Capital District Health finds itself in the middle of a family feud. One
that is raising serious questions about the health authority's ability to
protect your private medical files from prying eyes.
Several weeks ago,
when Mary Schinold received a letter from Capital Health informing her that she
was one of 15 Windsor-area patients whose files had been accessed without
authorization, she was obviously concerned. When she received a Facebook message
from her sister-in-law, Katharine Zinck Lawrence, admitting she was the one who
looked at her files, she was livid. Shinold was so angry she called the Halifax
Chronicle-Herald to blow the whistle on Lawrence.
You see, Shinold and
Lawrence have not spoken to each other for more than three years. Another
sister-in-law I spoke with has also severed ties with Lawrence. Neither side
will talk about what precipitated the divide, but it is clearly behind this
health scandal going public.
The scandal grew this week when Capital Health announced its audit revealed
another 105 patient files had been breached by the same employee. They didn't
name her but it was obviously Katharine Zinck Lawrence.
With these latest revelations, Lawrence agreed to meet with reporters to
tell her side of the story. Lawrence, who was a registration clerk with Capital
Health, admitted what she did was wrong, she said her curiosity got the better
of her, and she apologized.
Then she dropped a bombshell.
Lawrence, who resigned after all this came to light, says she believes she
is being singled out for something that is routine practice. She told me, "If
Capital Health was to do a full audit on all employees there, it would be hard
to find a few that had never, at one point or another, never did this."
fact, she says after she left her job, she received a lot of calls of support
from former colleagues who admitted they too had accessed the private files of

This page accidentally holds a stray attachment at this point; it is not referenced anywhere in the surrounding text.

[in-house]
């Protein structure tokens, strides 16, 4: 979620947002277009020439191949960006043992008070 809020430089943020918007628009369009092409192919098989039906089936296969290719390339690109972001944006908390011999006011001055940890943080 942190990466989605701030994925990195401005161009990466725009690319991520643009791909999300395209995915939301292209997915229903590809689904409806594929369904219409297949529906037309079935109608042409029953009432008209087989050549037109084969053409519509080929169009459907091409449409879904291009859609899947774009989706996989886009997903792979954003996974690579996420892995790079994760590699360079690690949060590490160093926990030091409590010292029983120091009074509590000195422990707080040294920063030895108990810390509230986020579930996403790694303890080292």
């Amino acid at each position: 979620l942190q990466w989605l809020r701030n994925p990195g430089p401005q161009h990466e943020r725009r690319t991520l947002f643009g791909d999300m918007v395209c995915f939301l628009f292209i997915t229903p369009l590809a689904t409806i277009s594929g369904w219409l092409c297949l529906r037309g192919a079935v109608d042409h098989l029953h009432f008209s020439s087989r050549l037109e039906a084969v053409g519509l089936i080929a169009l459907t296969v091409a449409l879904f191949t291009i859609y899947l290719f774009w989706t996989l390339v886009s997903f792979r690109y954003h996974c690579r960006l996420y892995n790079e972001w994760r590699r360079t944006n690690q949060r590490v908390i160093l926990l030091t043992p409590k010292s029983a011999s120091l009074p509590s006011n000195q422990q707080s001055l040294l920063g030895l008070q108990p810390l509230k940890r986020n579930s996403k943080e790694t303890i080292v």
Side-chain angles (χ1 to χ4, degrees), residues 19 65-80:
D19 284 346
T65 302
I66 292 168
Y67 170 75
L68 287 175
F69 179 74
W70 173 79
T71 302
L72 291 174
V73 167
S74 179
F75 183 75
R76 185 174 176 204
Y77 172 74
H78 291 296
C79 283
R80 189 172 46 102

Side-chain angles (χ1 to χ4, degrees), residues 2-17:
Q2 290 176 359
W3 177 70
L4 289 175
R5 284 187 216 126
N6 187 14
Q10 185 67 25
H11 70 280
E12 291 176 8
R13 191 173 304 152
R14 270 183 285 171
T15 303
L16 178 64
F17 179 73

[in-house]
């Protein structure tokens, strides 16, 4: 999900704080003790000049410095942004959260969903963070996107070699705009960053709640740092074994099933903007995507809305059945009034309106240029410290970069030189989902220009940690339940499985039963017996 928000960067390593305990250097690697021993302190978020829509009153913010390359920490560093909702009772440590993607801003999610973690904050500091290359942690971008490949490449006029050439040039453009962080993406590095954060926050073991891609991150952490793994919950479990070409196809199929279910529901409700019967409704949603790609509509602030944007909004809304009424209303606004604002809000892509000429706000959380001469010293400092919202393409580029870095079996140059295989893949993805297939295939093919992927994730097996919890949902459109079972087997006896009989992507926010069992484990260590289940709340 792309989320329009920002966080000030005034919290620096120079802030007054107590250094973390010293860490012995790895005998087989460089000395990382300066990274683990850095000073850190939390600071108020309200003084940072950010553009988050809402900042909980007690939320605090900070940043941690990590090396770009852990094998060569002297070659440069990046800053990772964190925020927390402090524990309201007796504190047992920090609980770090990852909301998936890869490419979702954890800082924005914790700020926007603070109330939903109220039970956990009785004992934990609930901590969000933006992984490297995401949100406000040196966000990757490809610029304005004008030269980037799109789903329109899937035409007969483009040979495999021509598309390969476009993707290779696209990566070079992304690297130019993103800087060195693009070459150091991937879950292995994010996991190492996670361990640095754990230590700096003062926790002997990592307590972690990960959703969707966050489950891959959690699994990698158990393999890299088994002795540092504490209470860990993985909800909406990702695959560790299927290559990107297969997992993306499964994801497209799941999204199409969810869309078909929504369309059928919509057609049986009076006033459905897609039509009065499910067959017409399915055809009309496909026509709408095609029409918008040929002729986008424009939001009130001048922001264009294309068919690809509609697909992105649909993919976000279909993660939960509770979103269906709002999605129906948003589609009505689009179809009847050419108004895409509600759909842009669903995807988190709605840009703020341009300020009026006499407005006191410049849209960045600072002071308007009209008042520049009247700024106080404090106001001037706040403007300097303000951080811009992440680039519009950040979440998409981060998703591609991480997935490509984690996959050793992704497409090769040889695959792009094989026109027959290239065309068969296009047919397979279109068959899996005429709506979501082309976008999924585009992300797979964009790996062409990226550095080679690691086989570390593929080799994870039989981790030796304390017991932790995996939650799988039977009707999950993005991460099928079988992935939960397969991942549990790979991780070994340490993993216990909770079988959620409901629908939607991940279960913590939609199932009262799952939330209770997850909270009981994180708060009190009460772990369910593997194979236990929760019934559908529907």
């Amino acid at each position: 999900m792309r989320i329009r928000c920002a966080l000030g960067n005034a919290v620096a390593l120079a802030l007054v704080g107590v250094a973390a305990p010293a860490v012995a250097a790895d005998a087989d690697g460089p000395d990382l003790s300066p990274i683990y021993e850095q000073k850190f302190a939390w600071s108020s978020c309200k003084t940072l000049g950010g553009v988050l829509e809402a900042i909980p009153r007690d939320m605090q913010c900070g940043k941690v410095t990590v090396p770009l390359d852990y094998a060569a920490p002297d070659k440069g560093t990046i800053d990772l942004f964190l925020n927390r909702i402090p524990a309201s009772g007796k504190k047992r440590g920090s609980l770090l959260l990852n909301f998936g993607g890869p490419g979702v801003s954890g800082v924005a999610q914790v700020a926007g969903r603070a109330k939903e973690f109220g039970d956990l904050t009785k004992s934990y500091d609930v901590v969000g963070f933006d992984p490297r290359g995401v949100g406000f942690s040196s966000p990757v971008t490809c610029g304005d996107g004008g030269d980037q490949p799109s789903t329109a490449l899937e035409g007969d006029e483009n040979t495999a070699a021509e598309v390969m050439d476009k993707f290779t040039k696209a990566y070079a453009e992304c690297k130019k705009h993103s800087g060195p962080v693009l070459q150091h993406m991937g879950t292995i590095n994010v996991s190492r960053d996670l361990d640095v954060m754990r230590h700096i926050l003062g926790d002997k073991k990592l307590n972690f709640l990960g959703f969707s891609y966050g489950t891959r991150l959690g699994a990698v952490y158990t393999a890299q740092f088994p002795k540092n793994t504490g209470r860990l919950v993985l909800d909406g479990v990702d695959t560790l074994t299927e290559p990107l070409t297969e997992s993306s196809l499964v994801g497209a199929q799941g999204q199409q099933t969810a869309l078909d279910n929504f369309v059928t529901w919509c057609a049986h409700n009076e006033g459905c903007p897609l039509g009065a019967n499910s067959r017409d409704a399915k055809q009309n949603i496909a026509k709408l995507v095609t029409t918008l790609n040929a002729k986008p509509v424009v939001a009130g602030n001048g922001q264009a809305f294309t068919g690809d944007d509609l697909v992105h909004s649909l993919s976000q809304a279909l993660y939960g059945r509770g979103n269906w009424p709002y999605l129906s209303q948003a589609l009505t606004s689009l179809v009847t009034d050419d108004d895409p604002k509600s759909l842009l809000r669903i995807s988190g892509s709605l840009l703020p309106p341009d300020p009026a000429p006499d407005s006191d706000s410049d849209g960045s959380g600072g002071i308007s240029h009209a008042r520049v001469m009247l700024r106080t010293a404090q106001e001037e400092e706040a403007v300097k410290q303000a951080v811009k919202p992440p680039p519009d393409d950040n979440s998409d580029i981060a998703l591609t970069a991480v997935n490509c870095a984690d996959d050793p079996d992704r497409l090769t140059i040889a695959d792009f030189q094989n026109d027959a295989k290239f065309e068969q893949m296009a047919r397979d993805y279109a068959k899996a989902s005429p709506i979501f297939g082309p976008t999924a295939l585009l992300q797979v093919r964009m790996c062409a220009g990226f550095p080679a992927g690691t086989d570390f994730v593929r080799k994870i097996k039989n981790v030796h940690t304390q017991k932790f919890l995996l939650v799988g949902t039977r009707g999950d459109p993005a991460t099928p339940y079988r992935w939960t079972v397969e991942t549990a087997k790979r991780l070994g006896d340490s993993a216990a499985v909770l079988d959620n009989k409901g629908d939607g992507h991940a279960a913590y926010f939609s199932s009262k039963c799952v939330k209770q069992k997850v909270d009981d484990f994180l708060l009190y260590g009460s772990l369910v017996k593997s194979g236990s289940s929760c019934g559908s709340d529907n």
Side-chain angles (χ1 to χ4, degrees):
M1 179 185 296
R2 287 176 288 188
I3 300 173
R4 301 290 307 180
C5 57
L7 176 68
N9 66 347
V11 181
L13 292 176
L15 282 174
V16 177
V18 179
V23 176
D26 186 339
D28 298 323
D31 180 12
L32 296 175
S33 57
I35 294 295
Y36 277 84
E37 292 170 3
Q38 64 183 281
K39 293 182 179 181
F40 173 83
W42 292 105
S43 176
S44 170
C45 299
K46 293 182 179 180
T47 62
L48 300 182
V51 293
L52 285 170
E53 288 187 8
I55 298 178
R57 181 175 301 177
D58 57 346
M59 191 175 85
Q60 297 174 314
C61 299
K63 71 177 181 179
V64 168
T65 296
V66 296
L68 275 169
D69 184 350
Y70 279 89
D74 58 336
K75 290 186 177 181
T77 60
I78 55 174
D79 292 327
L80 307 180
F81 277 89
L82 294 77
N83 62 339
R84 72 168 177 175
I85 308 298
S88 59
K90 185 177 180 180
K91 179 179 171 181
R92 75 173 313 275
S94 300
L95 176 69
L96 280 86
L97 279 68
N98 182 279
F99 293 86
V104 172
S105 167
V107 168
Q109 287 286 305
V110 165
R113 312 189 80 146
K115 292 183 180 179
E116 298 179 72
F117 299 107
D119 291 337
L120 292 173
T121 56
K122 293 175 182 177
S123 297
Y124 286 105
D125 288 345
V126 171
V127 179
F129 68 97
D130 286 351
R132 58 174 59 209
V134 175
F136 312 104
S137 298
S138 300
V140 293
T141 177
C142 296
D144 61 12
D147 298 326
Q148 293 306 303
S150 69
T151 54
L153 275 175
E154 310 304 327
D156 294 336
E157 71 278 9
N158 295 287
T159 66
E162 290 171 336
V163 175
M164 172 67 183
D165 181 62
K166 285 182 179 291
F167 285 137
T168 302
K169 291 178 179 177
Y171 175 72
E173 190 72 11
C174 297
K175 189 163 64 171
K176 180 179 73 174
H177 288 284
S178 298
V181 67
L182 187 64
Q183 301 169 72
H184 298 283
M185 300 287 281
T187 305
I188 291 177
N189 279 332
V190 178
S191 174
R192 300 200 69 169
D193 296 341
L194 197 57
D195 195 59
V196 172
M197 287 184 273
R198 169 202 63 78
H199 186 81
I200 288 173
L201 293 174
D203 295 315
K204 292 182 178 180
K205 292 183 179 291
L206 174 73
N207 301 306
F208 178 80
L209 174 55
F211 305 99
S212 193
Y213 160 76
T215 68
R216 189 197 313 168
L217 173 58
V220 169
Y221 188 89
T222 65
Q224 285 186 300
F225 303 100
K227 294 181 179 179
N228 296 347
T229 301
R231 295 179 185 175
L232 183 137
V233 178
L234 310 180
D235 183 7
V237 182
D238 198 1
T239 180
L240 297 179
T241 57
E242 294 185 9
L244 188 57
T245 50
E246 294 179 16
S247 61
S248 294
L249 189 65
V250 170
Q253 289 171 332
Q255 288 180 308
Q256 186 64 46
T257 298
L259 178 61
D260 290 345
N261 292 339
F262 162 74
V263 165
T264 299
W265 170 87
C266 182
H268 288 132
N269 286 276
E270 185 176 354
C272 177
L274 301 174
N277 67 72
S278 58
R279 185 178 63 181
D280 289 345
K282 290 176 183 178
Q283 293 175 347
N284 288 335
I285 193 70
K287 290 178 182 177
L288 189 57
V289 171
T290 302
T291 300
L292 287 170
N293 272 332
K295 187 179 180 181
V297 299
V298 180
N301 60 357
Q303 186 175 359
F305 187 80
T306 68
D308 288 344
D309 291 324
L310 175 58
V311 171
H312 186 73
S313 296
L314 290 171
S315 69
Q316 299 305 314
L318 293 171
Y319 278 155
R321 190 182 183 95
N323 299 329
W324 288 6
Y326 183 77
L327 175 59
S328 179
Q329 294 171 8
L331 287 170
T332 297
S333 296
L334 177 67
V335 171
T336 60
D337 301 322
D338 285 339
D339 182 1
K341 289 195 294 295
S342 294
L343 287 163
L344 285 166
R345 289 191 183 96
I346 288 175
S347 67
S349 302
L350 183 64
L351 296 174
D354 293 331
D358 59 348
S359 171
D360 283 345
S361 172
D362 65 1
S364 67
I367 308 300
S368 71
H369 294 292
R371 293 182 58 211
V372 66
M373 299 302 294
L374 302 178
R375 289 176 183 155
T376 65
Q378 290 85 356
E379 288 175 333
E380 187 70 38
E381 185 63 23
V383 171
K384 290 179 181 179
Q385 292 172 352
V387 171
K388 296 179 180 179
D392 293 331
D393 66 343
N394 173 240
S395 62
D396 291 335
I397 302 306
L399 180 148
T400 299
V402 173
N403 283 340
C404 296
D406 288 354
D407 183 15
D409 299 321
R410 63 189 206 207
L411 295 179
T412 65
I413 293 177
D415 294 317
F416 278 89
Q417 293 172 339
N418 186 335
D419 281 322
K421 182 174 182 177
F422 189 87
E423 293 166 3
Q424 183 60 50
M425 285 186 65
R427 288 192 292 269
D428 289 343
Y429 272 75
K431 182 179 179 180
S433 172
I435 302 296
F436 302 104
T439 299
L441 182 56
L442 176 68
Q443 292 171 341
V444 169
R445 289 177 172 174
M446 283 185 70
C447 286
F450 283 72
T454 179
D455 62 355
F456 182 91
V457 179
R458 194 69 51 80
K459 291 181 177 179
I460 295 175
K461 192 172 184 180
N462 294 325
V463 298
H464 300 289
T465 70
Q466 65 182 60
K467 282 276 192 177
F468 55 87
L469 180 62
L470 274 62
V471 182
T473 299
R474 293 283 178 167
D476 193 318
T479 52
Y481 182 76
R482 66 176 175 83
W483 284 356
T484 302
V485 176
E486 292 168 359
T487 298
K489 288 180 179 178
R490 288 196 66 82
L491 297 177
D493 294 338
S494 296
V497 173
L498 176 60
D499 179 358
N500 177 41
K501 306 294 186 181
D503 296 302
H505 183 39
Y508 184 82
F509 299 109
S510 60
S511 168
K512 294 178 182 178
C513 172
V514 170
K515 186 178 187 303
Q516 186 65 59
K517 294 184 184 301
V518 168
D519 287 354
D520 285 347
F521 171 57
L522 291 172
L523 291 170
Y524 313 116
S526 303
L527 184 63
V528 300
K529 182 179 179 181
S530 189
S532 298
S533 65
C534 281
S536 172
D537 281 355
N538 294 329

friends and family members.
Capital Health disputes this. John Gillis, who speaks for the health
authority, says they have checks and balances in place to keep that from
happening, and they are confident their employees respect the authorities strict
But the facts of what happen raise questions about just how effective the
Mary Schinold says Capital Health showed her documents that revealed
Lawrence repeatedly accessed her medical files over a period of at least six
years. They also indicate Lawrence printed many of them.
Lawrence says she was only caught after she made an off-hand remark to a
nurse about checking her father's record to see if he had a medical appointment.
That nurse reported the conversation to her manager.
When pressed in a second interview, Gillis admitted the health authority
does not do any random audits of the electronic file system. It only
investigates possible breaches of privacy if there is a complaint. But he says
they are bringing in a software security program that will troll the electronic
files looking for possible red flags.
If not for the family dynamics, all of this may very well have been dealt
with quietly and with little coverage in the media. When I met with Mary
Schinold I asked her if she would have handled this differently if she and
Lawrence were not estranged. "If she would have come to us, sat us down as a
family, and said 'my God I did this - I'm so humbly sorry', things could have
been different, it could have stopped it", said Schinold.
But that didn't happen and now Schinold wants both Lawrence and Capital
Health to pay for what happened. She wants criminal charges laid against
Lawrence, and Schinold and several others are planning a class action lawsuit
against Capital Health.